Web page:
5 Muscle Building Tips I Wish I Knew 10 Years Ago

A few words from the wise. Brad Borland takes a look back at his early bodybuilding years and shares a few things he would change if he could do it all over again.

Brad Borland is a strength & conditioning specialist, cancer survivor and the founder of WorkoutLab.

We all would love to go back in time with what we know now and get a “do-over” when it comes to gaining muscle. With the wealth of information we have access to today, it could have saved us a lot of time and frustration and helped us build muscle a lot faster.

Though I am a huge believer in trial and error and the need to explore, fail and learn, there is something to be said about entertaining the fantasy of reliving the past and righting all of your wrongs. Now, your own list may be drastically different than what I deem important, but with 25 years of training under my belt I view looking back on all of my experiences with much more of an all-encompassing perspective. I find my wishes to be more on the side of balance and being smarter about training instead of bigger and stronger.

Tip #1 - Pull back on isolation exercises

This would seem like a no-brainer on the surface but give your training an honest look in the past few years. Have too many isolation exercises crept into your program? Do you find yourself doing that ridiculous high cable biceps pose curl thing in front of the mirror? Could you do more good-ole-fashioned heavy curls or reverse-grip biceps chins?

Don’t get me wrong, I am all for a few fun moves in training such as lateral raises, curls and the occasional leg curl, but nothing packs on the mass like bench presses, shoulder presses, chins, rows, squats, lunges and dips. These moves will get you stronger and bigger faster without the fluff and wasted effort and time. It will also allow you to focus better on the few exercises you decide to do instead of spreading yourself thin with too many angles, sets and programs.

Not only do I wish I would have stuck to these basic moves, I also would have done less angles and more volume. What I mean is instead of performing four or more angles for chest, back or legs I would have chosen only one or two moves and increased the volume drastically on those few moves. So, to replace four moves at three sets a piece for chest, I would go for two moves at five or six sets each. Keep it simple.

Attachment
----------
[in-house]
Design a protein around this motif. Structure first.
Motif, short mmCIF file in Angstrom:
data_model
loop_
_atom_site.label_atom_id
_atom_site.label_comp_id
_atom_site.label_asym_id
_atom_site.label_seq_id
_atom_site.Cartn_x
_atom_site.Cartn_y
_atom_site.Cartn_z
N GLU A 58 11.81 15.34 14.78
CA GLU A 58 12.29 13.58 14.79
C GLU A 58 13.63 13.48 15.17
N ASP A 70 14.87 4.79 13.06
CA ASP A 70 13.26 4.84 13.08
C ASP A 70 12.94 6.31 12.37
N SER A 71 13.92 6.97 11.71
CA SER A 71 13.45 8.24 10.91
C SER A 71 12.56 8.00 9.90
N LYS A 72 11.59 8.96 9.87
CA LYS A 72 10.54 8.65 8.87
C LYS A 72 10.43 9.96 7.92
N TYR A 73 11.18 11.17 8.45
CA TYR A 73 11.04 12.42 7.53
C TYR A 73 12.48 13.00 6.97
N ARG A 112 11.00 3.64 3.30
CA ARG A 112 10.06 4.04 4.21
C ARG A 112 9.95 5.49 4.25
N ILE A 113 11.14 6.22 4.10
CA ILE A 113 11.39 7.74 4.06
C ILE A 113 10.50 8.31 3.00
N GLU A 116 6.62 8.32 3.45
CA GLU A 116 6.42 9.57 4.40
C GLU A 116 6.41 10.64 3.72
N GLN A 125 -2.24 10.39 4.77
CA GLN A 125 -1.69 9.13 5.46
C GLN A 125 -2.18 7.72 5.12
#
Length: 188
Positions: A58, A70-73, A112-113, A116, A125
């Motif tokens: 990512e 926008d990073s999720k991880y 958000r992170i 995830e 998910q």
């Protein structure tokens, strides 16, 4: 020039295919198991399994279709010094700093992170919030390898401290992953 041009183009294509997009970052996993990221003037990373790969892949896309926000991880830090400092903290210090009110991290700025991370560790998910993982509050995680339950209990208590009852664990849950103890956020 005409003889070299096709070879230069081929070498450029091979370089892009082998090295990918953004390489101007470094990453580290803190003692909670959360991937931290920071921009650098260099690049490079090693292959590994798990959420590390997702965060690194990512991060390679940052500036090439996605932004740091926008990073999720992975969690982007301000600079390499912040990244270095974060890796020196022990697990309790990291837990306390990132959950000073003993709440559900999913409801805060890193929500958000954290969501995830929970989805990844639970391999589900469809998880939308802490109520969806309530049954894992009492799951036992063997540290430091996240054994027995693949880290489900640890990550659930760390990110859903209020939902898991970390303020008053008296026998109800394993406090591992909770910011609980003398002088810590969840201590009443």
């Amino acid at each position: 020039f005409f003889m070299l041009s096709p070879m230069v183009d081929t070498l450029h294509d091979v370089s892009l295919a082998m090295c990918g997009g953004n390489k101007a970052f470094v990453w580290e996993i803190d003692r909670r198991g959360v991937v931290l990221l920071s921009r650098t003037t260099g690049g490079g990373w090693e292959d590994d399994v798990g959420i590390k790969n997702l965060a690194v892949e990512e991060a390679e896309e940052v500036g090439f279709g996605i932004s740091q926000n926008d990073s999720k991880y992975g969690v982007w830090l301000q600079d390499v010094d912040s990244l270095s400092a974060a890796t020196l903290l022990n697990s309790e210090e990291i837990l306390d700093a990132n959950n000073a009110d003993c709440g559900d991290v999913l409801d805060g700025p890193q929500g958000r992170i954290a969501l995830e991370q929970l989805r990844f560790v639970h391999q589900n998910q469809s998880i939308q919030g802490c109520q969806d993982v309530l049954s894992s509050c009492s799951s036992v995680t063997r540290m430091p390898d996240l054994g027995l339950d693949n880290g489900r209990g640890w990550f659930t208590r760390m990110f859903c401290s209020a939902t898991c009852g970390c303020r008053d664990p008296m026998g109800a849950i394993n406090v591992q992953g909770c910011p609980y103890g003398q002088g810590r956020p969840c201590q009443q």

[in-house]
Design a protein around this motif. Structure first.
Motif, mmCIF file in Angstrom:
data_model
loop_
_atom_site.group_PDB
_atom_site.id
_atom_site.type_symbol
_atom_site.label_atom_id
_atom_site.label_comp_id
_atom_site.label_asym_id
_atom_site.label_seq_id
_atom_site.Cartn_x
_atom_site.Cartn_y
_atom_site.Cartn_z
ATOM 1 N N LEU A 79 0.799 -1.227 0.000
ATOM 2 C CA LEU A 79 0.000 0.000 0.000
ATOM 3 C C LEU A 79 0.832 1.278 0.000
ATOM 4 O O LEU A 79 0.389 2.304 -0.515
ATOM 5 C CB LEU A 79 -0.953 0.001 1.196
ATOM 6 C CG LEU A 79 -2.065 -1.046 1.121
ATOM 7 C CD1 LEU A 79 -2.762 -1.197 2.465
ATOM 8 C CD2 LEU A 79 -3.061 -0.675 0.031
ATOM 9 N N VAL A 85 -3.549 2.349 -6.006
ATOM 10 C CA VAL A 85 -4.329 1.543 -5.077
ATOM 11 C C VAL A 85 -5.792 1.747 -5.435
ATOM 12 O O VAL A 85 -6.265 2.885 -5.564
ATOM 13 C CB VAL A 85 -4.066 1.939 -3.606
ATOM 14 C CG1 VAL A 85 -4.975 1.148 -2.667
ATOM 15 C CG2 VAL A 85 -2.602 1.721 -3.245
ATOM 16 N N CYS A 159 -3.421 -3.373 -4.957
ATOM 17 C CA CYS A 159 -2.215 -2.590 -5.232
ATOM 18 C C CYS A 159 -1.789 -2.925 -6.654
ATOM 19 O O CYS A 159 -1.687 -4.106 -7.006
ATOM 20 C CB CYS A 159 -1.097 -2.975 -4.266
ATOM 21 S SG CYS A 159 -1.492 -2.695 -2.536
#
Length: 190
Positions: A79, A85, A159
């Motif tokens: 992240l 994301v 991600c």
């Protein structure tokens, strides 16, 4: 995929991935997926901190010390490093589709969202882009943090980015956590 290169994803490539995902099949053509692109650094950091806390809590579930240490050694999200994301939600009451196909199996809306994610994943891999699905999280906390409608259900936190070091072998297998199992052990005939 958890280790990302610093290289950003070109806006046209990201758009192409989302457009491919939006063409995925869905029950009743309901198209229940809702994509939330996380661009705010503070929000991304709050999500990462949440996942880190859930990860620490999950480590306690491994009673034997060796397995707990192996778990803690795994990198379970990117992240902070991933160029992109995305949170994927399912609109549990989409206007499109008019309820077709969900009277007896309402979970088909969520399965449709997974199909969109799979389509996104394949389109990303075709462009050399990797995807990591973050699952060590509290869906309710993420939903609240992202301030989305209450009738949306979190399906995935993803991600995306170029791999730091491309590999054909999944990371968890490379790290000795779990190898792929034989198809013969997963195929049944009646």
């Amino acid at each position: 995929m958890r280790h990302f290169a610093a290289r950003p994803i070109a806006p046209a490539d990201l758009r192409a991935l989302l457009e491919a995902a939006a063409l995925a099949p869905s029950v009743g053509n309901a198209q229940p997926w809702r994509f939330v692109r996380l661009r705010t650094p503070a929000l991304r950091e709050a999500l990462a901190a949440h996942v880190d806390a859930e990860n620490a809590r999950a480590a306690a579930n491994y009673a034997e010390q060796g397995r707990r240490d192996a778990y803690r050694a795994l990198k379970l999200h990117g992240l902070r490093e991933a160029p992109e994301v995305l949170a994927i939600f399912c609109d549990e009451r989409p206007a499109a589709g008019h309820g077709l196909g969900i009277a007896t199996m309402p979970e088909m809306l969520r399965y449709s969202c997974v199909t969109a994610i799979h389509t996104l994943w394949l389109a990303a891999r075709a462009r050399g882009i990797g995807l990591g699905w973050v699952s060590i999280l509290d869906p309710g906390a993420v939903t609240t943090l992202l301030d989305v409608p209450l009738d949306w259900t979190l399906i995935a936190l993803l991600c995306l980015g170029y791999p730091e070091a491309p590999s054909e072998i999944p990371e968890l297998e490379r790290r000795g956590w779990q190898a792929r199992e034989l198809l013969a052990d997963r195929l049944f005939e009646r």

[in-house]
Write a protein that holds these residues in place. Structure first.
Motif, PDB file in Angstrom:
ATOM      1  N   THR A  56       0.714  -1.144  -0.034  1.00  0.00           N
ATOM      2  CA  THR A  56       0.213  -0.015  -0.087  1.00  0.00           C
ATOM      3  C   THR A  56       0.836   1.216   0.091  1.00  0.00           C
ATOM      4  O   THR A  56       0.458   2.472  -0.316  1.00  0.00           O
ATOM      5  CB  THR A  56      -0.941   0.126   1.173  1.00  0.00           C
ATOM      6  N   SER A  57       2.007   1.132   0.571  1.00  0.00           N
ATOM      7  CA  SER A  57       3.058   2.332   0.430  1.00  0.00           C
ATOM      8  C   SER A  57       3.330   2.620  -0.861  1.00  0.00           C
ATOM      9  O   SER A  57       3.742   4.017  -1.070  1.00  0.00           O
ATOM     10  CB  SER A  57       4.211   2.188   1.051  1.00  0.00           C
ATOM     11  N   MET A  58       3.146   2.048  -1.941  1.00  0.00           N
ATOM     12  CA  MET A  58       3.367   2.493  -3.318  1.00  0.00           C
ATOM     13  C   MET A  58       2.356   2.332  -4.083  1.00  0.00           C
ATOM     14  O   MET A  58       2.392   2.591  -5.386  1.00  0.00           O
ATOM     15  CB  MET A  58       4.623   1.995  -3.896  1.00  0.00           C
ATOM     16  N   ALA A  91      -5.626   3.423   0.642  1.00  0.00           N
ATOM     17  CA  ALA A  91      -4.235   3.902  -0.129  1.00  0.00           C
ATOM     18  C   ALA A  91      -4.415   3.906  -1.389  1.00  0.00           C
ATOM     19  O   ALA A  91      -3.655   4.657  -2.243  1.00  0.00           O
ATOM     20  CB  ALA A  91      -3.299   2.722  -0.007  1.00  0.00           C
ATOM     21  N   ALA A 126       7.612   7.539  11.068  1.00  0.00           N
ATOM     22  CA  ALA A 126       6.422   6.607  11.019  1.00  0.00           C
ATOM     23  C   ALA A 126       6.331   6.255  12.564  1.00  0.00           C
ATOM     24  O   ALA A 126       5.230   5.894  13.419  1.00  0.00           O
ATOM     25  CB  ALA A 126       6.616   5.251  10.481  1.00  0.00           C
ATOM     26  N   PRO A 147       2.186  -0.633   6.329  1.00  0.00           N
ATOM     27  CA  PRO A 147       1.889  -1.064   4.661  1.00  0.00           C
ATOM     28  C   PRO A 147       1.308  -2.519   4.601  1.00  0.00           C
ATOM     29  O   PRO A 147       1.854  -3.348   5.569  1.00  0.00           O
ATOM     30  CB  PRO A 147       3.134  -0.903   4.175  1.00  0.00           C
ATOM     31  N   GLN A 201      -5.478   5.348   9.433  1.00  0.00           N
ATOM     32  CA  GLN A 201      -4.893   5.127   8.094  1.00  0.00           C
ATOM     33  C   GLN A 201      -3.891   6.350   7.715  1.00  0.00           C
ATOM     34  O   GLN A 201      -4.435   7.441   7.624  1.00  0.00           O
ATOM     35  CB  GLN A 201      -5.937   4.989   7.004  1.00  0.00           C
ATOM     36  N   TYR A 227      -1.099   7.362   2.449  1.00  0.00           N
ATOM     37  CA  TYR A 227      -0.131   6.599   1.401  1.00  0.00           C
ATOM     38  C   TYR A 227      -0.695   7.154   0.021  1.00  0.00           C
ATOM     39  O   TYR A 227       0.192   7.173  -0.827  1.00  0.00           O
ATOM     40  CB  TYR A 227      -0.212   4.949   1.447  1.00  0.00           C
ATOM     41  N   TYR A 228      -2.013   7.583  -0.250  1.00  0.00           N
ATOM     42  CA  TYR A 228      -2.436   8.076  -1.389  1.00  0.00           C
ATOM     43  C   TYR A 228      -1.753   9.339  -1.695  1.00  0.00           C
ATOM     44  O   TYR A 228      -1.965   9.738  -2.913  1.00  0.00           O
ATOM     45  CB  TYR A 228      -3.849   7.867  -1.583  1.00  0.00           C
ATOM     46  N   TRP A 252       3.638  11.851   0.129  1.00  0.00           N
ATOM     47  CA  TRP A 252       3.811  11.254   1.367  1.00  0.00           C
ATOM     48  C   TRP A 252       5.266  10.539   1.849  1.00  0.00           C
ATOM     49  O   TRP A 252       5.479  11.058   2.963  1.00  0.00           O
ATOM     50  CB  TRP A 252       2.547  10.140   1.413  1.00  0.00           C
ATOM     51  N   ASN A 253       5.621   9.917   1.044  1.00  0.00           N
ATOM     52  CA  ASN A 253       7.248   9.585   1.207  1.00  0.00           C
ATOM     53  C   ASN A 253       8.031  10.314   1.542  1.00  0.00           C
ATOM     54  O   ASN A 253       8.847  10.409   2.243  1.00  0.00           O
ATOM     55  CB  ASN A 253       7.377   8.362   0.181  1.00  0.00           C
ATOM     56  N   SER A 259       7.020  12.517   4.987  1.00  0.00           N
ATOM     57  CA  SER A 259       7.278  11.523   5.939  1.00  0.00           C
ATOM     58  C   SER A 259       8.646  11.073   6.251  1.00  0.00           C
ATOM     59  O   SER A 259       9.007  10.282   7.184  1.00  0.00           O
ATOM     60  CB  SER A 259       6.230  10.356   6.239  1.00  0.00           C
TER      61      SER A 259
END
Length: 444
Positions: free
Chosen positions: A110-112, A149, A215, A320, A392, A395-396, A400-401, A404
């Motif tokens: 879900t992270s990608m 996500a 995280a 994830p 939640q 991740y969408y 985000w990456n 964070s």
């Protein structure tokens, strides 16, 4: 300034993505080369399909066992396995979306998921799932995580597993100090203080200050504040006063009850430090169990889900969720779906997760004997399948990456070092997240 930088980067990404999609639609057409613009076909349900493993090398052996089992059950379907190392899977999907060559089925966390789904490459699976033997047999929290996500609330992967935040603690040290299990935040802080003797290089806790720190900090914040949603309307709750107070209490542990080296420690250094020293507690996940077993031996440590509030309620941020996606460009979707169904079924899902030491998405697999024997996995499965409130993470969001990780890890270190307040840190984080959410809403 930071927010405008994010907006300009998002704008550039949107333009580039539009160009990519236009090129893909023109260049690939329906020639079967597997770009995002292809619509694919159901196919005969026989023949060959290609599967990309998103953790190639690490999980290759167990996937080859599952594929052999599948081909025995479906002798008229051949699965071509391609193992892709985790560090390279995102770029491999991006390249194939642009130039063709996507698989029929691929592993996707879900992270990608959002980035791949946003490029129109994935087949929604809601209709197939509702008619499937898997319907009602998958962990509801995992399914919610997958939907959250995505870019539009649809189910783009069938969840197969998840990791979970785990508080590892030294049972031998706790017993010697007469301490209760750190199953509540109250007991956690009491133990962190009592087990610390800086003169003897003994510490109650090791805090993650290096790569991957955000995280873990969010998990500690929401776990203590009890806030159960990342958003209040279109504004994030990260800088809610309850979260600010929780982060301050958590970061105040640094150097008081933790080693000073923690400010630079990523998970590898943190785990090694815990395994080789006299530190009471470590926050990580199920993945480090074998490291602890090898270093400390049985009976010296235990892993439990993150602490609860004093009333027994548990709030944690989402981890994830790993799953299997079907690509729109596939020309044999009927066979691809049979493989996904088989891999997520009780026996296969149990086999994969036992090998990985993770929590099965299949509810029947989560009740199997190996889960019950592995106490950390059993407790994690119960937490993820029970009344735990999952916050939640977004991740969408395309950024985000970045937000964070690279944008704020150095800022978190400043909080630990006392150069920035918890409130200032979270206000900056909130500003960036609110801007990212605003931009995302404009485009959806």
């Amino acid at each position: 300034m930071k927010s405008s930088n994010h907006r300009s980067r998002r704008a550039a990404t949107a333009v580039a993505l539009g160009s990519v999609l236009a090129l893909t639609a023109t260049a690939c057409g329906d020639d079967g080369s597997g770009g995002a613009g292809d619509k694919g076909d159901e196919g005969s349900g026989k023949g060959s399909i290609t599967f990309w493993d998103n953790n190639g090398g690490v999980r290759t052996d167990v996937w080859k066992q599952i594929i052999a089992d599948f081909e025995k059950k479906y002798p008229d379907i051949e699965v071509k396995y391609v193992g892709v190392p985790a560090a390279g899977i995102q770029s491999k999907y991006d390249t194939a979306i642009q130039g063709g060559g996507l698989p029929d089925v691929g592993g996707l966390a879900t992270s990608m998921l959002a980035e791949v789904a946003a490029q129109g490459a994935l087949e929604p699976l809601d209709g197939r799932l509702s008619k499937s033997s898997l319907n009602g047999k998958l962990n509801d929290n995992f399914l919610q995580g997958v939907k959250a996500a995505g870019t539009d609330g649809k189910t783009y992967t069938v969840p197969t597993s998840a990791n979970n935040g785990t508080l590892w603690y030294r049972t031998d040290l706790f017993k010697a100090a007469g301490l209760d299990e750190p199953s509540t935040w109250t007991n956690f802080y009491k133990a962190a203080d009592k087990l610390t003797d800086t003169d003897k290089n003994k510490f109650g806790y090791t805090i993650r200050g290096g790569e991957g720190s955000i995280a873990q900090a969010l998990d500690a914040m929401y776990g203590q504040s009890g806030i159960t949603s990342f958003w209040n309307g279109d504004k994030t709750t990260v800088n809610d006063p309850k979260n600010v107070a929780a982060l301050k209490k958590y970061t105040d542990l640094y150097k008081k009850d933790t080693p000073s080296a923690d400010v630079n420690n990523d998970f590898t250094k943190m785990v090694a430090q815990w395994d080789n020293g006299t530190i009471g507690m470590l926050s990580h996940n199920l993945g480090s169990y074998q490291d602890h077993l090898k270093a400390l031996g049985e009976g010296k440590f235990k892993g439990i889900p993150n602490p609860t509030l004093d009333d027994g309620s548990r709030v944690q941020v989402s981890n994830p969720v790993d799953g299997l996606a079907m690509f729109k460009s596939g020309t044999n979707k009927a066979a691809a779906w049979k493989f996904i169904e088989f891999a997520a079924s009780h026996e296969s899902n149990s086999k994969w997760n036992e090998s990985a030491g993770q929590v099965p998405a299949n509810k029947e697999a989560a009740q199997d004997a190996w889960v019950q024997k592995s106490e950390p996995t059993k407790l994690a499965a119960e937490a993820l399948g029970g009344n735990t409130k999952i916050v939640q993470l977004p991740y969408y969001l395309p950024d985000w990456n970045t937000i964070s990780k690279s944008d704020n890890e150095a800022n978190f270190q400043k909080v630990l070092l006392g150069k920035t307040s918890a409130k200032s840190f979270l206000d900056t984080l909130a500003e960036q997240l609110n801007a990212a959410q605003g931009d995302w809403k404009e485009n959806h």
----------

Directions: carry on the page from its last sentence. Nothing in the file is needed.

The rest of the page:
Tip #2 - Stretch for improved mobility

Before you stop reading, hear me out. Mobility can account for drastic gains in strength and size – here’s how. I was a bad squatter for the longest time. Unable to descend to the floor with much range of motion I would pile on the weight for low reps in hopes of packing on the necessary muscle so that my legs would one day, hopefully, rub together as I walked – a boy can dream!

After some time I became plagued with lower back pain, glute and hamstring tightness and the inability to effectively make the squat work for me. My young mind chalked it up to the fact that I was a tall guy and wasn’t genetically able to squat correctly.

Putting in my time on the leg press I always wanted to make squats work for me. So, I needed to approach it from a different perspective. Instead of looking at the squat as the problem I needed to dissect my form, my function and my weaknesses. I started to aggressively stretch my glutes and hamstring for better mobility, I reduced my weight on the squat bar to drastically embarrassing (at the time) amounts and “spent my time under the bar” meaning that I needed to squat often, deep and do no less than 10 reps per set.

I am thoroughly convinced that my consistent stretching regimen, specifically in my glutes, accounted for the biggest change in my squatting technique. Don’t neglect your mobility!

Seated dumbbell press

Could I have scaled back training a little and lived a fuller, more well-rounded lifestyle while still able to compete and challenge myself in the gym? Absolutely!

Tip #3 - Have a clear long-term vision

As a young trainer, I was a huge fan of professional bodybuilding. Before the internet was as big as it is today, I would go out and buy the latest muscle magazines and scour the pages for the latest information on training and nutrition. I even took it a step further and competed in many drug-tested bodybuilding competitions placing well and even winning a few.